Meet your Black faekin at the Ohio Renaissance Festival from 1-4 p.m. on Saturday, Sept. 11! DM the #BlackFaeDay account on Facebook or Instagram for a special discount code before you buy your ticket!
#BIPOCVampDay is Sept. 17-19 and we talked to the creator of the event, Jamila C. of Black Bettie Cosplay.
Midwest BSFA: How’d you get into cosplay?
J.C.: I have been doing costuming for a long time. I studied it in college and sewed from a young age. I learned that people were dressing up to conventions after I graduated and wanted to continue making costumes as a hobby.
Midwest BSFA: How did you come up with the idea for #BIPOCBVampDay?
J.C.: I was inspired by the Black Fae Day event this year. As someone absolutely obsessed with vampires since childhood, I’ve always noticed a lack of Black and POC vampires in the media despite the diverse lore that actually exists around the world. Also, I know many BIPOC friends that have experienced backlash for being Black and cosplaying as a vampire. This day is to encourage more representation and showcase all the amazing vampire mythology and characters that do exist but aren’t at the forefront.
We had a great convo over for Queen City Black Comix Day, part 2, last weekend! Thanks to Victor, Ricky, and Juice for hanging out with us! If you missed the panel, you can watch on YouTube: https://t.co/U9QI7iUBsm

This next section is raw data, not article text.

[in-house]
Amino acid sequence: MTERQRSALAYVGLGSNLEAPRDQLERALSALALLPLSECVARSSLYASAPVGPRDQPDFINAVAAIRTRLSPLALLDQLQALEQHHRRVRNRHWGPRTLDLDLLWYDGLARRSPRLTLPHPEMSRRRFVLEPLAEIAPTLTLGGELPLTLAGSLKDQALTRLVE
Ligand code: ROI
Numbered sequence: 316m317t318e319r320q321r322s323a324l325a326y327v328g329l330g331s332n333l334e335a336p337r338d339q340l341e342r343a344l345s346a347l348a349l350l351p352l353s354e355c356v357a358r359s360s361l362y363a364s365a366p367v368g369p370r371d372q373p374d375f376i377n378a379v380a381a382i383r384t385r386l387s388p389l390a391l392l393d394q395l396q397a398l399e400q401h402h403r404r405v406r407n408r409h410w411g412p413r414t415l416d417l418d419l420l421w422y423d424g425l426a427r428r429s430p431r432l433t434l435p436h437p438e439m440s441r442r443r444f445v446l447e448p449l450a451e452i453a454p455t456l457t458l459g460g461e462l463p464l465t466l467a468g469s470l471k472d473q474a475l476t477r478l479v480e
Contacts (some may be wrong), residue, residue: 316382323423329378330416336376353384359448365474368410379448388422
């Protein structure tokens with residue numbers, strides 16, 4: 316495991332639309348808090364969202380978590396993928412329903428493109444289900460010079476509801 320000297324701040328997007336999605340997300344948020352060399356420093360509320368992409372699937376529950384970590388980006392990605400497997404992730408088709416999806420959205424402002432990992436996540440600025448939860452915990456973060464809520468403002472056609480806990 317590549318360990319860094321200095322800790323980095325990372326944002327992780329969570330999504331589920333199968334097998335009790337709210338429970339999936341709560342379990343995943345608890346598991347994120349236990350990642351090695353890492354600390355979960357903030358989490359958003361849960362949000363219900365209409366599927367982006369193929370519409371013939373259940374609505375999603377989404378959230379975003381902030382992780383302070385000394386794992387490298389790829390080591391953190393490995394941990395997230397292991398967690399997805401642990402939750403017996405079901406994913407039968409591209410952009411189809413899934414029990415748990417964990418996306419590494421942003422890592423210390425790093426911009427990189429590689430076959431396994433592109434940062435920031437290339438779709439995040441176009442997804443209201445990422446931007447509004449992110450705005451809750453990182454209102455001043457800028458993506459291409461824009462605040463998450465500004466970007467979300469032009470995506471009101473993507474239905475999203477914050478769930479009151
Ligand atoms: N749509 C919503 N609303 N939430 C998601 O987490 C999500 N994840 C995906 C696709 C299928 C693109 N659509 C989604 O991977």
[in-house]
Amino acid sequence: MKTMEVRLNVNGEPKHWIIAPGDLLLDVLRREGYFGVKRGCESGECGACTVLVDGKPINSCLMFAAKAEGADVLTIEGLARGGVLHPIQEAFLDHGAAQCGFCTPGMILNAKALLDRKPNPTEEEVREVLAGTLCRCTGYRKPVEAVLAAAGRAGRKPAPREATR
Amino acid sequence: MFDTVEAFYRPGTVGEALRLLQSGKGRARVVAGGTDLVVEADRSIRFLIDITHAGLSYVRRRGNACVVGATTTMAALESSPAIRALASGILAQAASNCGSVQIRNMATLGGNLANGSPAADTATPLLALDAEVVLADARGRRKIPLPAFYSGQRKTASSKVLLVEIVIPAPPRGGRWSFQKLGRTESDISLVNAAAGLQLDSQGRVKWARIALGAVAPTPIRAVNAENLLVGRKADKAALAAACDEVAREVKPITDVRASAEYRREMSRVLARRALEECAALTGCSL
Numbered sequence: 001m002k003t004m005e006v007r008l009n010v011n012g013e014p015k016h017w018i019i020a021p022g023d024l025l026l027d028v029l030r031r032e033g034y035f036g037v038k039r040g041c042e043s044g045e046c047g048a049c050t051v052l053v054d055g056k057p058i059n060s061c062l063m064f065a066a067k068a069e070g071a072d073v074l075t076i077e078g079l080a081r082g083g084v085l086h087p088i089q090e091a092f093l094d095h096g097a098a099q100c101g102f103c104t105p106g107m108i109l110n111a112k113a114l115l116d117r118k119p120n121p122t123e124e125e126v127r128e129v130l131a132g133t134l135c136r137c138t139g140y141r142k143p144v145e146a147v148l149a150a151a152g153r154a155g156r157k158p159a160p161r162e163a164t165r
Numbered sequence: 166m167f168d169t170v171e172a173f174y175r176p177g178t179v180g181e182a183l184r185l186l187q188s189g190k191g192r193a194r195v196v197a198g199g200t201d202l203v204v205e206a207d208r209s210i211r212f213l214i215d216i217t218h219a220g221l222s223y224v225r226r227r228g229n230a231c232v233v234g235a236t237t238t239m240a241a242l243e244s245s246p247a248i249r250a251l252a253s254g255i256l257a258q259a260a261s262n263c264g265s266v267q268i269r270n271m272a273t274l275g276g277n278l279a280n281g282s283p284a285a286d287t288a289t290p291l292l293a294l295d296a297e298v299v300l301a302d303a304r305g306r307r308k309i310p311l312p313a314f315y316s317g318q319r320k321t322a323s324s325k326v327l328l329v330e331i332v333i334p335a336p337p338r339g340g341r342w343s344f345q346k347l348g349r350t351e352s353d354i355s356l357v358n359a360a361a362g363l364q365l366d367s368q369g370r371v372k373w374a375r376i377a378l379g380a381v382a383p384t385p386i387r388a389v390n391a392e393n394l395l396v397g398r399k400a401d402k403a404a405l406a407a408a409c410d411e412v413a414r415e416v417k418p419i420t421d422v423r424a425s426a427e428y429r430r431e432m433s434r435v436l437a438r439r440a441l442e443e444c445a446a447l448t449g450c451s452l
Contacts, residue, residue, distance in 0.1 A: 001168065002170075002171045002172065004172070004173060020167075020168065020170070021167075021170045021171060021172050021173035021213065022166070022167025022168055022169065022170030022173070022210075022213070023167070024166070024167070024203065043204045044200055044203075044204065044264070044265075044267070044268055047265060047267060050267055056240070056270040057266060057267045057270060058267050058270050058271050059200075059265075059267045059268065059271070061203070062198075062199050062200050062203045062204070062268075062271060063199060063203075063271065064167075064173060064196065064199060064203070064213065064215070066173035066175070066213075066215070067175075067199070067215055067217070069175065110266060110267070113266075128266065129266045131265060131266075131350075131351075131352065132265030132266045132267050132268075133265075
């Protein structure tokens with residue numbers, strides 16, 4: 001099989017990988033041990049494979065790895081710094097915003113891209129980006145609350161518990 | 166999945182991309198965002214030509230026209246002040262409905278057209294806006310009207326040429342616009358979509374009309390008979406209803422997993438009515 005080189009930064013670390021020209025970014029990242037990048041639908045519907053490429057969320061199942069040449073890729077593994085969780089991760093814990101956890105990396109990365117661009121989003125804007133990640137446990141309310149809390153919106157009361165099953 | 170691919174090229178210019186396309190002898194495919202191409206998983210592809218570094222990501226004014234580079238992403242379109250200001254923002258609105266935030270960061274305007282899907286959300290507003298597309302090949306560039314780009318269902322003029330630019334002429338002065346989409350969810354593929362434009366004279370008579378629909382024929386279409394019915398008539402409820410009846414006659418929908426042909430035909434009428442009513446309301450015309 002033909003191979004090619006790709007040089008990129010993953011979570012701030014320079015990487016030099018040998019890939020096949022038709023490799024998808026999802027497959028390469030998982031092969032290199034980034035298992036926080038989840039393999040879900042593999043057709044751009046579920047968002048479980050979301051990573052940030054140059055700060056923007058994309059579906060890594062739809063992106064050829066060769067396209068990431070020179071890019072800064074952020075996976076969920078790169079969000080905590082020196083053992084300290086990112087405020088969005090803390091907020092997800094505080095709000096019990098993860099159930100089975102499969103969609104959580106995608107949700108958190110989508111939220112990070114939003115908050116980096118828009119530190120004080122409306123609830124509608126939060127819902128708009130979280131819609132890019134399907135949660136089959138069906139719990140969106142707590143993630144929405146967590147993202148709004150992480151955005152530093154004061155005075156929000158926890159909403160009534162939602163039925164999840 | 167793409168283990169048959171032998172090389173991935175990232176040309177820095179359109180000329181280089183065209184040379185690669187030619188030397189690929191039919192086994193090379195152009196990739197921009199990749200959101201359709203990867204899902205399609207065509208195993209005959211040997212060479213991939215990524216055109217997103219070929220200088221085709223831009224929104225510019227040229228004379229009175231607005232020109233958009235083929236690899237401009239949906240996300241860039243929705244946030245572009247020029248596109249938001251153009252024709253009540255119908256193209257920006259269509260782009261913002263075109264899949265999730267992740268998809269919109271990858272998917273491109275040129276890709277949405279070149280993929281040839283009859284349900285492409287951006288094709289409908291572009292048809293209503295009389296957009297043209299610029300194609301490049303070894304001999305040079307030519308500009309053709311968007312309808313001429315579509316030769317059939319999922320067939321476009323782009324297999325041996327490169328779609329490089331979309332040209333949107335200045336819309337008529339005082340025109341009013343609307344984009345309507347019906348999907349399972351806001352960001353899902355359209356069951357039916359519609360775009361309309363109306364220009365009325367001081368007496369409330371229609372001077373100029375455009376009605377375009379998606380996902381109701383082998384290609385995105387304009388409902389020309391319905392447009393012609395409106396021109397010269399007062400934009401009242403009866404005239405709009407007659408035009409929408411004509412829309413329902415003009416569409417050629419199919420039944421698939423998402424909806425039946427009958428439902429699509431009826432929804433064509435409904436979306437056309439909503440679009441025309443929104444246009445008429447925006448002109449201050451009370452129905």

Ricky Pleasant of Breakaway Comics will discuss his comic book Princess Ziya and the Golden Orchid during our Queen City Black Comix Day virtual comics creators panel at 2:30 p.m. EST on Saturday, July 31, on the Midwest BSFA YouTube channel!
Midwest BSFA: How did you come up with this concept and why?
Pleasant: During the height of the pandemic, my wife and I were babysitting our niece and nephew, and the activities they really enjoy doing with us is drawing and storytelling. They were coming up with all of these super imaginative characters and backstories, that’s when the concept came to me: tell half of the story and let the kids finish it how they want. So I came up with my own characters and asked them what they thought would happen to them. I hope that the comics from Breakaway Comics not only encourage kids to read more, but spark their imagination and think about how they want the story to end. It’s a great way for families to come together and get their creative juices flowing!